Can daily vitamin K keep osteoarthritis (OA) away or at least lessen its severity? That’s a question researchers eventually want to answer.  

So far, the role of vitamin K in joint health looks promising. In studies going back to 2006 researchers supported by the Arthritis Foundation found that adequate vitamin K was associated with less radiographic evidence of OA.

Now a study published in March 2013 in the American Journal of Medicine shows a vitamin K deficiency is associated with the development of knee OA.

What’s Special About K?

Vitamin K is a fat-soluble vitamin found in leafy green vegetables such as broccoli, kale, spinach and lettuces. It is helps the body make proteins that our blood needs to clot. A vitamin K deficiency could lead to abnormal bleeding. The roles of vitamin K in other body processes including bone density are being studied.

While reading about the effects of vitamin K deficiency on blood vessels of lab animals, Boston University researcher Tuhina Neogi, MD, was intrigued by the fact that animals deficient in vitamin K had calcifications in the blood vessels. She was more intrigued by the fact that some of those same animals had identical processes occurring in their joints.

“That got me thinking – could this in any way be related to arthritis?” she says. Some of the biologic processes causing joints abnormalities were similar to what occurs in OA, she said.  With a Career Development Award from the Arthritis Foundation, she sought some answers.

Low Vitamin K Associated With OA

In a 2006 study published in Arthritis & Rheumatism, Dr. Neogi and colleagues analyzed data from 672 participants in the Framingham Offspring Study, an examination of the adult children of the original Framingham Heart Study – a research project to investigate the causes of heart disease founded by Massachusetts’ Framingham Hospital in 1948. Study participants had already had blood tests to measure levels of phylloquinon (the biologic form of vitamin K in our bodies) between 1996 and 1997 as well as hand and knee x-rays between 2002 and 2004.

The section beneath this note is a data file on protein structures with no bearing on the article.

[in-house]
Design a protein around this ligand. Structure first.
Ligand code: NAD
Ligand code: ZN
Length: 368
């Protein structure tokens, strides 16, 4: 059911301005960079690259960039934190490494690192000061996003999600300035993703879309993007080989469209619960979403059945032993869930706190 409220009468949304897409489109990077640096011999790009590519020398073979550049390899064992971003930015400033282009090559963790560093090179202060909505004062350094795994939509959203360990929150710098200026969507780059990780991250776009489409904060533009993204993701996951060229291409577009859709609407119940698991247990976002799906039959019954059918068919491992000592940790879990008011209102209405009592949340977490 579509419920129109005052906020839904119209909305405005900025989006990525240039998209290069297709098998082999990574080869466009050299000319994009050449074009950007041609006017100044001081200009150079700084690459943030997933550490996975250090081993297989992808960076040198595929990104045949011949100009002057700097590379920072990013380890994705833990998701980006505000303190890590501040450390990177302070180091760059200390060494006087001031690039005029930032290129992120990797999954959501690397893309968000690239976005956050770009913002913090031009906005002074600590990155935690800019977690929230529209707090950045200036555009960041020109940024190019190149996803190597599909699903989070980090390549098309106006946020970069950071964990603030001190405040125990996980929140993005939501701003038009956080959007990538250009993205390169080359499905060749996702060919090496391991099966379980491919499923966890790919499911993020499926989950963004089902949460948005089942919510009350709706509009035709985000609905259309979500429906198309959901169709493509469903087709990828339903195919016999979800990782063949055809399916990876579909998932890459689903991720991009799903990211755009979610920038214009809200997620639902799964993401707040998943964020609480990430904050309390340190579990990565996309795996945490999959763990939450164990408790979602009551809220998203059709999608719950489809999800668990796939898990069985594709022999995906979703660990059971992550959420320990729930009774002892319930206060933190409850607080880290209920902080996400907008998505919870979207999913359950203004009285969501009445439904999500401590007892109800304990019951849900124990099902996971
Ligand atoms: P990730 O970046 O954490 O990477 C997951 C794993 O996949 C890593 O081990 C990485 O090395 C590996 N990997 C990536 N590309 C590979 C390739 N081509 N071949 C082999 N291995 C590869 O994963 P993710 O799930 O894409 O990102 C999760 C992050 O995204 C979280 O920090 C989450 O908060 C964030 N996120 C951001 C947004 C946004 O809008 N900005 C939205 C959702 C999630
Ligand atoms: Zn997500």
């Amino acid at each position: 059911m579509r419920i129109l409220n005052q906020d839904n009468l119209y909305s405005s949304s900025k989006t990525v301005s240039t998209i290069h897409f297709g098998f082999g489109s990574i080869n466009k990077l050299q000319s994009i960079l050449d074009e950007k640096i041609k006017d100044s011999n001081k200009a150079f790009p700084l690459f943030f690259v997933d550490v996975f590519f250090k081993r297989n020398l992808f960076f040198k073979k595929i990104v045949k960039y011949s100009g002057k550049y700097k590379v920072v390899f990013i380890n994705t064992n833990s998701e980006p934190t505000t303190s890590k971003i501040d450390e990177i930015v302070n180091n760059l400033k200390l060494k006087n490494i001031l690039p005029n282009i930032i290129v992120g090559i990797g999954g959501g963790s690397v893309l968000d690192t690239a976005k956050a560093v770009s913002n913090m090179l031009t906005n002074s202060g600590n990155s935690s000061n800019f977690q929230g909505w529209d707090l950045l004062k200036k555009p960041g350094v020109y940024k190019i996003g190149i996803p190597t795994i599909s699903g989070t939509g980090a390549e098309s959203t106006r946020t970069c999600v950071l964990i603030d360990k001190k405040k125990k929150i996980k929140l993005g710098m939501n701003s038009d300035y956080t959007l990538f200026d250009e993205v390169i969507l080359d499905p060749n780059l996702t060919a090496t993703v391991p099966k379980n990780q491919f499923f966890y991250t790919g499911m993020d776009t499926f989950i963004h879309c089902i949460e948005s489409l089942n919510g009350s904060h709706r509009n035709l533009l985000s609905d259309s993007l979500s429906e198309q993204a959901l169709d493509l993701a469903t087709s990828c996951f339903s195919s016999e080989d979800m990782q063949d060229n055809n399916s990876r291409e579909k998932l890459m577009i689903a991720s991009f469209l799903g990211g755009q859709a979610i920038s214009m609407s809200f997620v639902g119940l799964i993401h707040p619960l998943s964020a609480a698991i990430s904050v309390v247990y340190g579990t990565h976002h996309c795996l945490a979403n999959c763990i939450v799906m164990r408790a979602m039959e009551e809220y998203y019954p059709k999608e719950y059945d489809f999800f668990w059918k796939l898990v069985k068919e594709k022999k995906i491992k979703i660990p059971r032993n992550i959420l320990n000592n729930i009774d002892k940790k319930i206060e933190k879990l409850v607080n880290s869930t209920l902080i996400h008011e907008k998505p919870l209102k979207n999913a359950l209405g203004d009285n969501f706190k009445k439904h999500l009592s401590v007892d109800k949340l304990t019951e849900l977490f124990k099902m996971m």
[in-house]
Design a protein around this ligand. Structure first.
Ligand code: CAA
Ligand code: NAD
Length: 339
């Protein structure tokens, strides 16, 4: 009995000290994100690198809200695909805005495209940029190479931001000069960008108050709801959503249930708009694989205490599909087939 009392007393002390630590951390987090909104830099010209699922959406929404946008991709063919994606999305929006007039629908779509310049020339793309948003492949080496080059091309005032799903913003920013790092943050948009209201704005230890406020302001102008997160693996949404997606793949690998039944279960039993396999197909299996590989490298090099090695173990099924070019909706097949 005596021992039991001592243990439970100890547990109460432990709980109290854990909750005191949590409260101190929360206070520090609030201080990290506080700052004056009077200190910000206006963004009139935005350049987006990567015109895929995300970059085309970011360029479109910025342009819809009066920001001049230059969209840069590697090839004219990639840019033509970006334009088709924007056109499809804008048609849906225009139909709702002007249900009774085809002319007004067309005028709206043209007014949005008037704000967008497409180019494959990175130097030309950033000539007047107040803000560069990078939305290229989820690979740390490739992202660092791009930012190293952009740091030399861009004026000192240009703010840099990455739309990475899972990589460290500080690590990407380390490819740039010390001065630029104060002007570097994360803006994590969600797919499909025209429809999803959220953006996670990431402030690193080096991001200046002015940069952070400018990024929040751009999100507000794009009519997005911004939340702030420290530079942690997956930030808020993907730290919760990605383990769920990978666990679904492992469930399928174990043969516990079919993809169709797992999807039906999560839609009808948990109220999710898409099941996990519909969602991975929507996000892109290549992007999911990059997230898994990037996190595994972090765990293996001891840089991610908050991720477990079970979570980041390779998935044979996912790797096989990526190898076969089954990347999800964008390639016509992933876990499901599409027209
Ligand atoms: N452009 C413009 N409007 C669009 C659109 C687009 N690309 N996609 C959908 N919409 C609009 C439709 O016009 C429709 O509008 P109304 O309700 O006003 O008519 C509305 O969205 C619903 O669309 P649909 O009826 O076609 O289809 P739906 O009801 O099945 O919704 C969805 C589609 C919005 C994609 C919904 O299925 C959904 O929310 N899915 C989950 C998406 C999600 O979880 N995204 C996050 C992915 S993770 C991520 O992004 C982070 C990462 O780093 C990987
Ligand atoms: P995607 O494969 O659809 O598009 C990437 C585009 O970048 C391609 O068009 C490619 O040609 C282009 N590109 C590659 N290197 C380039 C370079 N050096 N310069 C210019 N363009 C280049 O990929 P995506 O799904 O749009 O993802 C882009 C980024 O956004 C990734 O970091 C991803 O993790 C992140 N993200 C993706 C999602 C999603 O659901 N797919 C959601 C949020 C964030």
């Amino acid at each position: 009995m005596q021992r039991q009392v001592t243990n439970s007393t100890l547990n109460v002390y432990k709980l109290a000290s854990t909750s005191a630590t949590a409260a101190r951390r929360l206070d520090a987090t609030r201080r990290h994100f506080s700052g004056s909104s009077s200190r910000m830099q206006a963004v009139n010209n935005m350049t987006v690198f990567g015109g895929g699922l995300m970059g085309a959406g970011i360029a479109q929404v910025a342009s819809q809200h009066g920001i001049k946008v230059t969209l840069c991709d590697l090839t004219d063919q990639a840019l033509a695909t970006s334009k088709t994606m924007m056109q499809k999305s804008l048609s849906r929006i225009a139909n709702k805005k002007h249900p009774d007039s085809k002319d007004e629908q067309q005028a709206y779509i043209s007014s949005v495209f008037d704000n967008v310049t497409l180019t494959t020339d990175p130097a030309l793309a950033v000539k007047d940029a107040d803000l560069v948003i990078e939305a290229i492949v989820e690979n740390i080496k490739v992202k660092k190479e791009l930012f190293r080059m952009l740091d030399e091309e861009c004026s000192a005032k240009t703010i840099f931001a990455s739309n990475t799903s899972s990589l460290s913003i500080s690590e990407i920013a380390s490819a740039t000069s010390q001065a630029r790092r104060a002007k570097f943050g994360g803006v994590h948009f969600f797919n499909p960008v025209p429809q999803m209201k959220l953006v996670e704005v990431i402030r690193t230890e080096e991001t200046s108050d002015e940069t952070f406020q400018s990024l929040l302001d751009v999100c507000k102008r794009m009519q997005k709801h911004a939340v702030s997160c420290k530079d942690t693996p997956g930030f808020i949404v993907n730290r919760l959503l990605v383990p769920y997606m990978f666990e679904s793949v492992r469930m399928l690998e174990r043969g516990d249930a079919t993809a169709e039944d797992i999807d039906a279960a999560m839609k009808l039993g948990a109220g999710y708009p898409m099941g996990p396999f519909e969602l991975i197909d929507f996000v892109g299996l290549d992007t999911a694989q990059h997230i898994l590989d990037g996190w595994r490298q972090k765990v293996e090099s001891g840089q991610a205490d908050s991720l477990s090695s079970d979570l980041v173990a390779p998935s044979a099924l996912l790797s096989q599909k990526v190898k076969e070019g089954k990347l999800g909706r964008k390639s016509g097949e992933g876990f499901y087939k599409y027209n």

The researchers found that higher levels of plasma phylloquinon were associated with less hand osteoarthritis and less specific radiographic features of osteoarthritis (those that show up on X-ray), including osteophytes (bone spurs) and joint-space narrowing, an indication of cartilage destruction.

“It seemed that both for the hand and knee having low vitamin K in the blood was associated with higher likelihood of having OA manifestations in the X-rays,” she says.

Studying Vitamin K Supplementation

Spurred by those findings Dr. Neogi applied to the Arthritis Foundation for – and was awarded – an innovative research grant to add hand X-rays to an ongoing trial by another researcher, Sarah Booth, PhD, associate director of the Jean Mayer USDA Human Nutrition Research Center on Aging at Tufts University. Neogi’s goal was to investigate the association between vitamin K and bone mineral density and vascular calcification.

“The bulk of the work was already done – the people had been recruited, they had been randomized to vitamin K versus placebo, so all we had to do was obtain X-rays at the end of three years of this double-blind randomized trial,”  says Dr. Neogi.

The vitamin K group received 500 micrograms of vitamin K, as part of a multivitamin formulation. The control group received an identical formulation without vitamin K. “In this trial we only obtained hand X-rays because we felt it was the most likely body location to pick up a signal,” says Dr. Neogi. “We believe that knee OA is very mechanically driven so for systemic treatment we thought hand OA was the best place to look.”

At first scientists were discouraged to find that randomization to vitamin K had appeared to have no effect on hand OA. However, when they looked only at people who had insufficient levels of vitamin K at baseline, the effect was significant. “Those who attained sufficient concentrations at follow up actually had almost 50 percent joint space narrowing in their hand joints,” Neogi says.